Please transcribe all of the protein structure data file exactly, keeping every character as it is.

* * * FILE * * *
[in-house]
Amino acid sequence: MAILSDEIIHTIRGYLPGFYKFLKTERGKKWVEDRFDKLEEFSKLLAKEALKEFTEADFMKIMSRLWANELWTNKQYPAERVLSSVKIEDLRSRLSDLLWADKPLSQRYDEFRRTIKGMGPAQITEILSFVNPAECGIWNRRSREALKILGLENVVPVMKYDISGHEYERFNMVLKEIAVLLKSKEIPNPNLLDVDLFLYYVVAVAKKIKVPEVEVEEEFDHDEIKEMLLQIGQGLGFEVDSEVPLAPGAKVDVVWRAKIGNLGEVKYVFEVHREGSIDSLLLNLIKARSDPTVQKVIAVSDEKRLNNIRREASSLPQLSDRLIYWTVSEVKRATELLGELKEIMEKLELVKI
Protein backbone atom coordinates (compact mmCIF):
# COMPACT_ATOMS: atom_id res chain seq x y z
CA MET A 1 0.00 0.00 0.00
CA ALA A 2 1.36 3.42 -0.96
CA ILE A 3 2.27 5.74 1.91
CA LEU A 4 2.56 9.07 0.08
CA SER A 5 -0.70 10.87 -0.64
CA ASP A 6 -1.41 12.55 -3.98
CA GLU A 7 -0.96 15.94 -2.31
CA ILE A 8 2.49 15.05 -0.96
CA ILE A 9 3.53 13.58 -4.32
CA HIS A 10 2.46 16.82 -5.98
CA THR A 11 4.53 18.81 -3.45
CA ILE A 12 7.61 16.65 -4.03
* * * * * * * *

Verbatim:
[in-house]
Amino acid sequence: MAILSDEIIHTIRGYLPGFYKFLKTERGKKWVEDRFDKLEEFSKLLAKEALKEFTEADFMKIMSRLWANELWTNKQYPAERVLSSVKIEDLRSRLSDLLWADKPLSQRYDEFRRTIKGMGPAQITEILSFVNPAECGIWNRRSREALKILGLENVVPVMKYDISGHEYERFNMVLKEIAVLLKSKEIPNPNLLDVDLFLYYVVAVAKKIKVPEVEVEEEFDHDEIKEMLLQIGQGLGFEVDSEVPLAPGAKVDVVWRAKIGNLGEVKYVFEVHREGSIDSLLLNLIKARSDPTVQKVIAVSDEKRLNNIRREASSLPQLSDRLIYWTVSEVKRATELLGELKEIMEKLELVKI
Protein backbone atom coordinates (compact mmCIF):
# COMPACT_ATOMS: atom_id res chain seq x y z
CA MET A 1 0.00 0.00 0.00
CA ALA A 2 1.36 3.42 -0.96
CA ILE A 3 2.27 5.74 1.91
CA LEU A 4 2.56 9.07 0.08
CA SER A 5 -0.70 10.87 -0.64
CA ASP A 6 -1.41 12.55 -3.98
CA GLU A 7 -0.96 15.94 -2.31
CA ILE A 8 2.49 15.05 -0.96
CA ILE A 9 3.53 13.58 -4.32
CA HIS A 10 2.46 16.82 -5.98
CA THR A 11 4.53 18.81 -3.45
CA ILE A 12 7.61 16.65 -4.03